Lucid Culture

JAZZ, CLASSICAL MUSIC AND THE ARTS IN NEW YORK CITY

Rapturous Nightscapes From an Invisible Orchestra by Pamelia Stickney

Pamelia Stickney is arguably the world’s foremost theremin player. By any standard, she’s done more than anyone else alive to take the original electronic instrument to new places. While most musicians use the early Soviet-era contraption for horror-movie shivers or comedic whistles, Stickney plays melodies on it. At various points in her career, those have ranged from desolate deep-space tableaux to earthy symphonic extravaganzas. At her tantalizingly short set this past weekend at Barbes, she led her ironically titled Transcendental Dissonance Quartet through a similar, stylistically vast expanse of styles, from film noir themes to lowdown latin soul to elegant chamber jazz improvisation.

Stickney plays theremin as if she’s playing a magical, invisible, somewhat cranky bass. Standing perfectly still, her right hand controlling the volume, she bends her left hand at the elbow, expanding her fingers outward to hit the notes. She saves the instrument’s signature, quavery, creaky-door effects for when she really needs to make a point. This time, she opened with a low bass synth sound that George Clinton would undoubtedly love to have in his arsensal.

Meanwhile, Stuart Popejoy – playing piano instead of his usual bass here – delivered tersely incisive, moody variations on a stark, Lynchian theme while Danny Tunick’s vibraphone sprinkled stardust throughout the tableau, violinist Sarah Bernstein completing the picture with airy washes and spare, plaintive  countermelodies. They would stick with this eerie, surreal thousand-layer cake of textures throughout their roughly fifty minutes onstage while Stickney channeled the sound of massed voices, a cello (which she also plays, among many other instruments), and various kinds of brass. Her m.o. is simple: a theremin takes up a lot less space when you’re on tour.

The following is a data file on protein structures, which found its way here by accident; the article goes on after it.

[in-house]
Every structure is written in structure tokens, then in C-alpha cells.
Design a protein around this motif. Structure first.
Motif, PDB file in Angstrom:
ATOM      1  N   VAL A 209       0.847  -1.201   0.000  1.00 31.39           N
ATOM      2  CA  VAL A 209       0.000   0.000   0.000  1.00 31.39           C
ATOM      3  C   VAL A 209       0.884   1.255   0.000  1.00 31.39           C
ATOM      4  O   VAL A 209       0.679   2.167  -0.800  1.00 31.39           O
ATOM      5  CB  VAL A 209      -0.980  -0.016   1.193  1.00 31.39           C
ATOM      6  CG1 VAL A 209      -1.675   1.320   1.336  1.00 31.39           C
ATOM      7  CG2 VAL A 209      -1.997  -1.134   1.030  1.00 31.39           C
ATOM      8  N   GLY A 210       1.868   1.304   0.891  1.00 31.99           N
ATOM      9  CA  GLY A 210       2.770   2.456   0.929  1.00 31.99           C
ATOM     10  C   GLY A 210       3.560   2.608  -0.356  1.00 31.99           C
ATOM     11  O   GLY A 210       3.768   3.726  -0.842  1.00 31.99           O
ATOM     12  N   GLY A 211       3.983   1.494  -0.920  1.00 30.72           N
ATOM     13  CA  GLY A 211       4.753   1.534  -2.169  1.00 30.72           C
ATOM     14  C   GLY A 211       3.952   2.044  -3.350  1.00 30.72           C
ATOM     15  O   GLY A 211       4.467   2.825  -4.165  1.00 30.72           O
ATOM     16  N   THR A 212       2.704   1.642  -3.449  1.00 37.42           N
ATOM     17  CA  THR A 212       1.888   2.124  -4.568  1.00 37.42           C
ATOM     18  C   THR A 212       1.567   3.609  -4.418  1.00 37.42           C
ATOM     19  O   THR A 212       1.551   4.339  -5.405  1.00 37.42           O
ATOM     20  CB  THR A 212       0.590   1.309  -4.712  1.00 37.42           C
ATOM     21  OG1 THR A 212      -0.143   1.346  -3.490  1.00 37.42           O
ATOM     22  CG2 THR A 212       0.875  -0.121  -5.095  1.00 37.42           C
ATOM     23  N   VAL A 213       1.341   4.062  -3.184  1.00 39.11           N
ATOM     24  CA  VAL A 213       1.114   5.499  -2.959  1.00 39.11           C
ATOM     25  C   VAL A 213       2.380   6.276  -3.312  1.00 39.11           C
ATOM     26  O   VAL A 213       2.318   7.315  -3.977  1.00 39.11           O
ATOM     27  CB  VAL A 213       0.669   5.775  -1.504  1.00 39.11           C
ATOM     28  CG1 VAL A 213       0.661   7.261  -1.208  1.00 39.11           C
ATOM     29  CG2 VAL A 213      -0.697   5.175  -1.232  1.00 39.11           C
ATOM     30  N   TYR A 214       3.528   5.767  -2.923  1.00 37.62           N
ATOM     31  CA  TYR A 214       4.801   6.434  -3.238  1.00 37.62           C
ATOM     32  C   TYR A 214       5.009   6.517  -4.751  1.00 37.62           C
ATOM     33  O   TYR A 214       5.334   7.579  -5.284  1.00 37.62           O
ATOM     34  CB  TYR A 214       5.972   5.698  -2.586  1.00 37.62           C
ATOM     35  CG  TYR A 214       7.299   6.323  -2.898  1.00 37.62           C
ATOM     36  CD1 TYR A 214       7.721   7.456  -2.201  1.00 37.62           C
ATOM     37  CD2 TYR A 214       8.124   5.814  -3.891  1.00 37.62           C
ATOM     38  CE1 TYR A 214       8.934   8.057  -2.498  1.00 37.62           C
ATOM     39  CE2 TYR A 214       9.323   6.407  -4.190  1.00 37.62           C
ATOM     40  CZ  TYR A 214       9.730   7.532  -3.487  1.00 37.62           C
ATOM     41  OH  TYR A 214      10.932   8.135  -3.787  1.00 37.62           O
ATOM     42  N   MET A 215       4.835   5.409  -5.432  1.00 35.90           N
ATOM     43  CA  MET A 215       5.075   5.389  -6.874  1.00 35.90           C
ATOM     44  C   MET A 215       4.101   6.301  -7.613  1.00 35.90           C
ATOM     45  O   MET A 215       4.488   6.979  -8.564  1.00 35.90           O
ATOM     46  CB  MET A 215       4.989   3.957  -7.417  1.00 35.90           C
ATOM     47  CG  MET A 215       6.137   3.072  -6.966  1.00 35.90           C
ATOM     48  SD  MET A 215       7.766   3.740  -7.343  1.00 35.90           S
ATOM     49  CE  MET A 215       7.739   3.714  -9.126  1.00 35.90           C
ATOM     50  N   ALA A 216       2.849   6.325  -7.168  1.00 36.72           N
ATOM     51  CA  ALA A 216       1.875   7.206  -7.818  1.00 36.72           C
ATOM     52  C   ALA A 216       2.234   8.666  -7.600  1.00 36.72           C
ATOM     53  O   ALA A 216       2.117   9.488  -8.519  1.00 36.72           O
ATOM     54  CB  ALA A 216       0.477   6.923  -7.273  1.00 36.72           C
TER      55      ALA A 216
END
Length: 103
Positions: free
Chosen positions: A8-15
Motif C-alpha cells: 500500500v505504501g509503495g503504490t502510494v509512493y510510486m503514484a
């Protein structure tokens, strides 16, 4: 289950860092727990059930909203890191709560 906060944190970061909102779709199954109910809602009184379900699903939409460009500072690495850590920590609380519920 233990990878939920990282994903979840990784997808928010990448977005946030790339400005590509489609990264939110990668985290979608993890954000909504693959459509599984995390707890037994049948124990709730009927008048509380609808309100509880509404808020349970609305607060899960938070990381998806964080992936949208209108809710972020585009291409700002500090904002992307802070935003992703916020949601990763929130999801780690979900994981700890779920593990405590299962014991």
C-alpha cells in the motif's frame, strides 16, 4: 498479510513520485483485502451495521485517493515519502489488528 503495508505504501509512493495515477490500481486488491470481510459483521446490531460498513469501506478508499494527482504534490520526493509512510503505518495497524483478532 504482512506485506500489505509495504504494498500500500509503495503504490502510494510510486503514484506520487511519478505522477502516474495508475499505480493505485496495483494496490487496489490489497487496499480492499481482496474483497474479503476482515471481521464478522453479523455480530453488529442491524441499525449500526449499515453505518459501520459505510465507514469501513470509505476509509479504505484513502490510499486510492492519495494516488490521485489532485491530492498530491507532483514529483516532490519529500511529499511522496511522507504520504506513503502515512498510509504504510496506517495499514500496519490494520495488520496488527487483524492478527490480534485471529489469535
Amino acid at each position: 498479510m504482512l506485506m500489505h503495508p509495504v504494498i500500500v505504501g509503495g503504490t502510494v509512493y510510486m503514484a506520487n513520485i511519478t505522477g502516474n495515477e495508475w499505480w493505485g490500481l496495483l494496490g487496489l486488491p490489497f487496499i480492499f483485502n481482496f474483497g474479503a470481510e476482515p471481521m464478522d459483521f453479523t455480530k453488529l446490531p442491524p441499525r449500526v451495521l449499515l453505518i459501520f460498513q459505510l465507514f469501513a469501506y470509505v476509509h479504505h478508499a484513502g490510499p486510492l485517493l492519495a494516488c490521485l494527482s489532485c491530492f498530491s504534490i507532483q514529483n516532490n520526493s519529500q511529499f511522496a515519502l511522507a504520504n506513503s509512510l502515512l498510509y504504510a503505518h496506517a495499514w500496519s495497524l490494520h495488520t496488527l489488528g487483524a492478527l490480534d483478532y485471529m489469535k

Midway through the set, she moved to the piano for a slowly unfolding, hushed duet with Bernstein, who finallly got the chance to move through the magical microtones that have become her stock in trade over the last few years. Then the whoe group reconfigured for a final nightscape.

Stickney is back in New York this September, where she’s doing a week at the Stone with a series of ensembles. In the meantime, she’s back on her home turf in Vienna this week, with gigs on May 24 at the Ruprechtskirche at Ruprechtspl. 1 – where she’s playing cello alongside the carnivalesque Hans Tschiritsch & NoMaden – and then on May 25 with her Scrambolage trio with pianist Monika Lang and cellist Melissa Coleman at Roter Salon, Wipplingerstr. 2 at 8 PM; cover is 15€/10€ stud.  And for New Yorkers, Bernstein is playing the album release show for her most lyrically-driven album yet this May 30 at 9ish at Wonders of Nature.

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May 22, 2018 Posted by | avant garde music, classical music, concert, jazz, Live Events, Music, music, concert, New York City, review, Reviews, rock music | , , , , , , , , , , , , , , , , , , , , , , , , , | Leave a comment

Sarah Bernstein Headlines the Vital Vox Festival